This is the .htaccess code for permalinks in WordPress. I don't understand how this works. Can someone explain?

<IfModule mod_rewrite.c>
RewriteEngine On
RewriteBase /
RewriteRule ^index\.php$ - [L]
RewriteCond %{REQUEST_FILENAME} !-f
RewriteCond %{REQUEST_FILENAME} !-d
RewriteRule . /index.php [L]
</IfModule>

I googled and found out that -f and -d part means to give real directories and files higher priority.

But then what are ^index\.php$ - [L] and RewriteRule . /index.php [L] ?

How does WordPress process categories, tags, pages, and etc. with just this?

Does it happen internally? If so, I'm interested in learning how to do it in PHP.

Thanks

up vote 53 down vote accepted

^index\.php$ - [L] prevents requests for index.php from being rewritten, to avoid an unnecessary file system check. If the request is for index.php the directive does nothing - and stops processing rules [L].

This block is all one rule, and it says that if it is not a real file and not a real directory, reroute the request to index.php.

RewriteCond %{REQUEST_FILENAME} !-f
RewriteCond %{REQUEST_FILENAME} !-d
RewriteRule . /index.php [L]

index.php itself interprets the URL that was requested by the client (PHP can see the requested URL using $_SERVER['REQUEST_URI']) and it calls the correct code for rendering the page the user requested.

  • I noticed that wordpress redirects domain.com/index.php to domain.com. If I wanted to do something like that in PHP, should I just use the header function? I'm wondering is there's a better way (search engine friendly? more efficient?) to do it. – webnat0 Feb 21 '11 at 3:26
  • I don't see any reason a 301 redirect from the Header function wouldn't be appropriate. You could tweak your mod_rewrite settings to do a quick 301 redirect in theory, but it isn't going to make a huge difference either way. – Kevin Stricker Feb 21 '11 at 3:35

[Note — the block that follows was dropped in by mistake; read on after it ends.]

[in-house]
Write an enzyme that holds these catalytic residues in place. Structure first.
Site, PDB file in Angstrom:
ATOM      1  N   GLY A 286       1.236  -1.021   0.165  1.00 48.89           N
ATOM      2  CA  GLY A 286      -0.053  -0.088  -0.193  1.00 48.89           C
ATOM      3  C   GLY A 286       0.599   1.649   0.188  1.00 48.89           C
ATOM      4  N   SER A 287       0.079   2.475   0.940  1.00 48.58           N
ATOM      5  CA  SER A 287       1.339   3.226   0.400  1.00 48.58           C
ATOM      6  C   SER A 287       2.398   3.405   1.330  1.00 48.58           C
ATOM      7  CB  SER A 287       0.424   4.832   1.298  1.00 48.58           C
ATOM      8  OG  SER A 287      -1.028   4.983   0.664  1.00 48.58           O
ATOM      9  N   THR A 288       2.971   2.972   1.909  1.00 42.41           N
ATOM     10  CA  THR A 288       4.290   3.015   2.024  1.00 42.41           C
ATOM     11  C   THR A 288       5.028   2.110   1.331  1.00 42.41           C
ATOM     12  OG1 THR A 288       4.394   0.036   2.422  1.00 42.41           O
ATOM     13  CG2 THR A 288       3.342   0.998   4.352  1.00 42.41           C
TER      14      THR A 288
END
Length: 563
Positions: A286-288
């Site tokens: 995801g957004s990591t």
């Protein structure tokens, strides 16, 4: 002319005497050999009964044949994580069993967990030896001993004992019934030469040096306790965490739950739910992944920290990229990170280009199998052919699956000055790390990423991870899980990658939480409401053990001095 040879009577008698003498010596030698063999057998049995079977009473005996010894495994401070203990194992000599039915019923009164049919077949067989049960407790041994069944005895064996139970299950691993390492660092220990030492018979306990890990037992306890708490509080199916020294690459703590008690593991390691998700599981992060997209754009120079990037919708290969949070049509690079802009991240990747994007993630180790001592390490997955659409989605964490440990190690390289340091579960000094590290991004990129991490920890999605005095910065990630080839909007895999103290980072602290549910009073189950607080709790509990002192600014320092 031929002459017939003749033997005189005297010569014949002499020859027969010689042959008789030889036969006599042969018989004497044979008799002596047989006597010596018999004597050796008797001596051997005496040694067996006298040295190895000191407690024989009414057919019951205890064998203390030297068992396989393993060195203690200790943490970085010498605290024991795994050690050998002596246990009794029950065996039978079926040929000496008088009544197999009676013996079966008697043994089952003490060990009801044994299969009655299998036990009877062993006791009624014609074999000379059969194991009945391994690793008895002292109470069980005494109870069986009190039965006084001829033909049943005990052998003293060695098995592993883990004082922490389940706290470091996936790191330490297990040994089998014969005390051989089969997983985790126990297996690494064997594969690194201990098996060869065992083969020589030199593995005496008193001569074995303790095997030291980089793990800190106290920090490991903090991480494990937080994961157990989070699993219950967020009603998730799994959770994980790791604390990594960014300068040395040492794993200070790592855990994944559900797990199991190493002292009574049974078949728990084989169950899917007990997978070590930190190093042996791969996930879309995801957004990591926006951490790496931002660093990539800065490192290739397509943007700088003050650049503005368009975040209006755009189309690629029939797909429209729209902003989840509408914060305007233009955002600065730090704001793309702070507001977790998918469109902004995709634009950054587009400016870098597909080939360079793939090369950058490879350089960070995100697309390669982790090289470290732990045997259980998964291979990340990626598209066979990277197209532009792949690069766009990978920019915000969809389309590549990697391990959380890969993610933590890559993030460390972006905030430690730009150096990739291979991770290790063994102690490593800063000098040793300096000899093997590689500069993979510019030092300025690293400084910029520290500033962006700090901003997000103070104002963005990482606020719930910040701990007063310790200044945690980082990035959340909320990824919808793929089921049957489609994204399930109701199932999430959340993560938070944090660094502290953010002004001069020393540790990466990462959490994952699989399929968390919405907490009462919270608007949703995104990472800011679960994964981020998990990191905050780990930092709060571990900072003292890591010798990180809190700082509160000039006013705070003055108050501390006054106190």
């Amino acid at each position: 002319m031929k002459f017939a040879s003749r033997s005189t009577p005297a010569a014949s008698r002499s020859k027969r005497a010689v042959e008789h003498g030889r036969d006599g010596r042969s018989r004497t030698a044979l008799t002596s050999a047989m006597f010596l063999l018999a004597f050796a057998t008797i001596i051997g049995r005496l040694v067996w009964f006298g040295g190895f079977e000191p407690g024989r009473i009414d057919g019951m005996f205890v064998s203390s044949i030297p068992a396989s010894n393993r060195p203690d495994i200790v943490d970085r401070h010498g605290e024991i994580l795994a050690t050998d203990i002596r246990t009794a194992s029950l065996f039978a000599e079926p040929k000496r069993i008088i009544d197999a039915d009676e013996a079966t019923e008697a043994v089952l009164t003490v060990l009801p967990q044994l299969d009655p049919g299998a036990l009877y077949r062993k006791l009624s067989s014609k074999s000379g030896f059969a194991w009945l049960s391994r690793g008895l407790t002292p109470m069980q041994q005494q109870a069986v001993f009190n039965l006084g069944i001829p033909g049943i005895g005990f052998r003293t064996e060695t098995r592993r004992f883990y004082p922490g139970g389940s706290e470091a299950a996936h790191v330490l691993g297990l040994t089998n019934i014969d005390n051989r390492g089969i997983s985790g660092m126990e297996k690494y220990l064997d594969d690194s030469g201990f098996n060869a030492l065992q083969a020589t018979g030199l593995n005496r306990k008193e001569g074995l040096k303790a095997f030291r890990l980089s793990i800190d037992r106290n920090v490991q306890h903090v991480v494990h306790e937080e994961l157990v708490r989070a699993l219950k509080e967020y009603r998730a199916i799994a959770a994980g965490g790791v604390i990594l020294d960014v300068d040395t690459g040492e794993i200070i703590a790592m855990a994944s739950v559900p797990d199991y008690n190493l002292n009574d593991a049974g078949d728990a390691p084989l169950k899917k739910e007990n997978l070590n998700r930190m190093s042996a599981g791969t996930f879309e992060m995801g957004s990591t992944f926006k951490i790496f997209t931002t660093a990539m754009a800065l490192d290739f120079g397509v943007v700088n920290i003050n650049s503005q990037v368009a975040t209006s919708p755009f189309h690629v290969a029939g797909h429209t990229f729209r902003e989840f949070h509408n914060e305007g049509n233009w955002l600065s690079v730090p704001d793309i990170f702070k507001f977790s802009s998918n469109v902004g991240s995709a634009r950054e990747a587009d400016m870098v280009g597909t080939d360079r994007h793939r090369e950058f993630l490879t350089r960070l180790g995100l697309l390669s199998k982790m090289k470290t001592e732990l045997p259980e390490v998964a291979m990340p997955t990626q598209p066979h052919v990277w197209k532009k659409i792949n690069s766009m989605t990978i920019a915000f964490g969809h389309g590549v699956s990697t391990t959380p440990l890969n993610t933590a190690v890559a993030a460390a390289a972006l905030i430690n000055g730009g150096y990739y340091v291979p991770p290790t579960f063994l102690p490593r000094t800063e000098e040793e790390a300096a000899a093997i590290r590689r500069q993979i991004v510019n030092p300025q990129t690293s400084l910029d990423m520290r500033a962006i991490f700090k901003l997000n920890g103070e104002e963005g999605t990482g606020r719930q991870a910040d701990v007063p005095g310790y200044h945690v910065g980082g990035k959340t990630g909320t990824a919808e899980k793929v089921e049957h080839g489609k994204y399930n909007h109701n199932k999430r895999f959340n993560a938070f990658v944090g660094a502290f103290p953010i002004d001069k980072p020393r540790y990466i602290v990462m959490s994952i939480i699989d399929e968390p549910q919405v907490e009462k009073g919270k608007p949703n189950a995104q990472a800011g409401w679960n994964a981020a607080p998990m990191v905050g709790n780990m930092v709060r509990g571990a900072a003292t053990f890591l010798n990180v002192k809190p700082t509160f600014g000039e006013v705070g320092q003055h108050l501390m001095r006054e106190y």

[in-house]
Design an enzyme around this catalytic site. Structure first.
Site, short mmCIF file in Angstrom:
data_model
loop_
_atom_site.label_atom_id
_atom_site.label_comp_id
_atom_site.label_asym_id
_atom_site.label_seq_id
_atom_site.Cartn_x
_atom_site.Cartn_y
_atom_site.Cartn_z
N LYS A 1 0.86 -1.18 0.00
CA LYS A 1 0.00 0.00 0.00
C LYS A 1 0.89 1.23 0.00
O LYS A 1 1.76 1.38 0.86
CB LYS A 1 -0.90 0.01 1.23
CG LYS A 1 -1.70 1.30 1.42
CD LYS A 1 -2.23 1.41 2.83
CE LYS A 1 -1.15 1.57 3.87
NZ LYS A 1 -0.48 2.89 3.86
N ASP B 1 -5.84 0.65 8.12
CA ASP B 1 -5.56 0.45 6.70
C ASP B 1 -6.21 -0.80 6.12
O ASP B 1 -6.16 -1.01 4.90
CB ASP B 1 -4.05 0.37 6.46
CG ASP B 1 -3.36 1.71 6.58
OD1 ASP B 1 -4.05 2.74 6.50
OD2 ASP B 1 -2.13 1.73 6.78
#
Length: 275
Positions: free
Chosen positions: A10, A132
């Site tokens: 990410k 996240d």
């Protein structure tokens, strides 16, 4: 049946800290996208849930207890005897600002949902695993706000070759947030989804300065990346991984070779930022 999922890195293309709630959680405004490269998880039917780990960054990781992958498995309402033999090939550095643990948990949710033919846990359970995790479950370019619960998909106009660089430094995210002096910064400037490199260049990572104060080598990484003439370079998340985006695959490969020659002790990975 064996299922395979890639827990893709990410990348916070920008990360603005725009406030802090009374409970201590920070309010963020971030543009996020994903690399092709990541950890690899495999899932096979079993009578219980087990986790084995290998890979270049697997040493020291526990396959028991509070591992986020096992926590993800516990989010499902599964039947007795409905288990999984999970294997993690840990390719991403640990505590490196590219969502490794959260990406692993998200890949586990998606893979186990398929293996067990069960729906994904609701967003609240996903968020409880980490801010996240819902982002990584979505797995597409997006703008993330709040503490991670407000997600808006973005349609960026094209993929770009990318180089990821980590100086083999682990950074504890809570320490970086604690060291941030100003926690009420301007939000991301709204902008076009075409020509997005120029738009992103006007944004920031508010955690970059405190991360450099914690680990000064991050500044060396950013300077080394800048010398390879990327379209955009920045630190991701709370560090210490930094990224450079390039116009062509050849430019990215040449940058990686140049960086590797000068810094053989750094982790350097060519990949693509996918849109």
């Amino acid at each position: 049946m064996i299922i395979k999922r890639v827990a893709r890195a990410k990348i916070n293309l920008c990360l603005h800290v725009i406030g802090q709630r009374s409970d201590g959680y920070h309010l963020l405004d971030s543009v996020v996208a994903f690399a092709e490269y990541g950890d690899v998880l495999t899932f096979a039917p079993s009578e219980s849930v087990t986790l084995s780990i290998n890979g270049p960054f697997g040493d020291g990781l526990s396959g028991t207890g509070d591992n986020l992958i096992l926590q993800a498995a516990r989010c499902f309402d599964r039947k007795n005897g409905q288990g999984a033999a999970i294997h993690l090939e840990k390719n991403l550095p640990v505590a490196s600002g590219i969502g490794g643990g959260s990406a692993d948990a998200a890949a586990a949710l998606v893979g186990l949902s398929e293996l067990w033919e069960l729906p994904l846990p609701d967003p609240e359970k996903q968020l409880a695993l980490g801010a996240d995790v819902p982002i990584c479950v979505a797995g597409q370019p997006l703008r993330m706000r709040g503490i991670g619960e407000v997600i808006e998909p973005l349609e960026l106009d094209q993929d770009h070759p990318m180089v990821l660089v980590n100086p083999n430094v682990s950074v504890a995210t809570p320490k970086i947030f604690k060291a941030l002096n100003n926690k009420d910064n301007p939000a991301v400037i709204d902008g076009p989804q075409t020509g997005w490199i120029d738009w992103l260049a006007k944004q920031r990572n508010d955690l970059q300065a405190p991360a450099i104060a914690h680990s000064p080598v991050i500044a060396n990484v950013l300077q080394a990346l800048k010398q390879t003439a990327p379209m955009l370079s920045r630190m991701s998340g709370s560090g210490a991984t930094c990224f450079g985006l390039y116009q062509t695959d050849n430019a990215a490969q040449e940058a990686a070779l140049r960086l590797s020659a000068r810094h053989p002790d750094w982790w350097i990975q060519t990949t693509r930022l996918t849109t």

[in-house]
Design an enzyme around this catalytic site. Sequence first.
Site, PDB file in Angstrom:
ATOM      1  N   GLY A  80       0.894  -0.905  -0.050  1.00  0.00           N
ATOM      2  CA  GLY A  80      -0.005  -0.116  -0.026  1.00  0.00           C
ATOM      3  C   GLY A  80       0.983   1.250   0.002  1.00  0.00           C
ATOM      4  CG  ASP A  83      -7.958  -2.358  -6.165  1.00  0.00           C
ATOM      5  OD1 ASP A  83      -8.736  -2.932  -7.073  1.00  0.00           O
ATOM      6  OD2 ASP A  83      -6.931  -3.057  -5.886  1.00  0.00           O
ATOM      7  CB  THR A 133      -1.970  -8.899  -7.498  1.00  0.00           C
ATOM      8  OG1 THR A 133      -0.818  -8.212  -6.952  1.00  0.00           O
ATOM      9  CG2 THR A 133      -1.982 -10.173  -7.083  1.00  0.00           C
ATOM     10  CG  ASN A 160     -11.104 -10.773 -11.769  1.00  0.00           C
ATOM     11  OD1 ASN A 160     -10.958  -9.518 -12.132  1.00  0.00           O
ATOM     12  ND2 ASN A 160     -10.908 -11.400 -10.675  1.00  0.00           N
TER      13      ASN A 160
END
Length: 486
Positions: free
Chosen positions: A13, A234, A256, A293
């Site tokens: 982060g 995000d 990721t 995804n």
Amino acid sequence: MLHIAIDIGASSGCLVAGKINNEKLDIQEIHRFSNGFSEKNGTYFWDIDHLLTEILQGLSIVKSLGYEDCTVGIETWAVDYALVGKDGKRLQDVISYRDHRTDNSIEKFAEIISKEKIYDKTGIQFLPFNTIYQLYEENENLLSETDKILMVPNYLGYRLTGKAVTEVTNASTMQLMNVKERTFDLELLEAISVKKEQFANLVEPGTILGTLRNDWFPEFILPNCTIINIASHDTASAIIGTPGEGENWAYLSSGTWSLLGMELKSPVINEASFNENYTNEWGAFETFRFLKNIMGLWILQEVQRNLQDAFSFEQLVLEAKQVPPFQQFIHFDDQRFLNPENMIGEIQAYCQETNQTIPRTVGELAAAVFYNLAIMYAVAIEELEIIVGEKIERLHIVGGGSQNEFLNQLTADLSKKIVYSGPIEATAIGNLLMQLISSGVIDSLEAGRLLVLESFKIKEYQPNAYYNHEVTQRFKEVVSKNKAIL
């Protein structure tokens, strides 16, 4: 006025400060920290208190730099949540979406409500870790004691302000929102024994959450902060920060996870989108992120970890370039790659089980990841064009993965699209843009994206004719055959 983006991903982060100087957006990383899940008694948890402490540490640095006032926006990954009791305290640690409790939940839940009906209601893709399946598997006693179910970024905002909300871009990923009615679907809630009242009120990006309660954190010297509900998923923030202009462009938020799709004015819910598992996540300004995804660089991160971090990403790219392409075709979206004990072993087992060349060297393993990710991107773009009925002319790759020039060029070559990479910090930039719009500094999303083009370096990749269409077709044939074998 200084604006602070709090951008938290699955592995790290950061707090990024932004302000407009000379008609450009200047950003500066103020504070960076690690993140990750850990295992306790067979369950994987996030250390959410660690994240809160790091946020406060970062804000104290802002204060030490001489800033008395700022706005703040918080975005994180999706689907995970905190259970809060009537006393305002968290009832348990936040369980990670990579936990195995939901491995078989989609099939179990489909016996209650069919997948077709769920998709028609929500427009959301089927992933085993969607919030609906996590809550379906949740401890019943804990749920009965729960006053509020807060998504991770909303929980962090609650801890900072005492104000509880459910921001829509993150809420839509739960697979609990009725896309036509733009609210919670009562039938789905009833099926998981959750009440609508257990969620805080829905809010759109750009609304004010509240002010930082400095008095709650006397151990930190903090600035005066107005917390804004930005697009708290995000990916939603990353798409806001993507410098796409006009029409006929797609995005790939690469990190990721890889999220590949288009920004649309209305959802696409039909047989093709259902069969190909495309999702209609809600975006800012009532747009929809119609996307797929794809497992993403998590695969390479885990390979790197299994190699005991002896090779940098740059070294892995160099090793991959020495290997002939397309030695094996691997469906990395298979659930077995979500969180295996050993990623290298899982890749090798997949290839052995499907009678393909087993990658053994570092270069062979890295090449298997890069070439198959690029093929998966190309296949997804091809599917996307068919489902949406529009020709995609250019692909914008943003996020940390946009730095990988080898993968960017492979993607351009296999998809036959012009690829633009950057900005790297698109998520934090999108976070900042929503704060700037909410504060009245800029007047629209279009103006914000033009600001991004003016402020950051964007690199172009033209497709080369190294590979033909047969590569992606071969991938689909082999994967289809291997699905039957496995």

• 2
    RewriteRule ^index\.php$ - [L]: isn't it redundant, since index.php is indeed a real file (thus hitting RewriteCond %{REQUEST_FILENAME} !-f)? – matpop Dec 5 '13 at 9:38
  • 1
    That's what I'm saying. When at first RewriteRule . /index.php [L] is executed, don't we get an existing filename? If so, wouldn't then RewriteCond %{REQUEST_FILENAME} !-f return false in the second iteration? I don't see an infinite loop fix, at best an optimization. What am I missing? Thanks for your help – matpop Dec 5 '13 at 21:45
  • 1
    @matpop I agree with you. Since index.php is a real file and it exists in the root, what is the need for RewriteRule ^index\.php$ - [L] to avoid internal loops? I agree there won't be a loop, I tested and haven't noticed a problem. For a billion $ company like wordpress should not have this simple mistake, I landed on this question just to look for an answer for this, anyone catches something we are missing? – Tarik Dec 18 '15 at 16:34

protected by bummi Nov 27 '17 at 14:53

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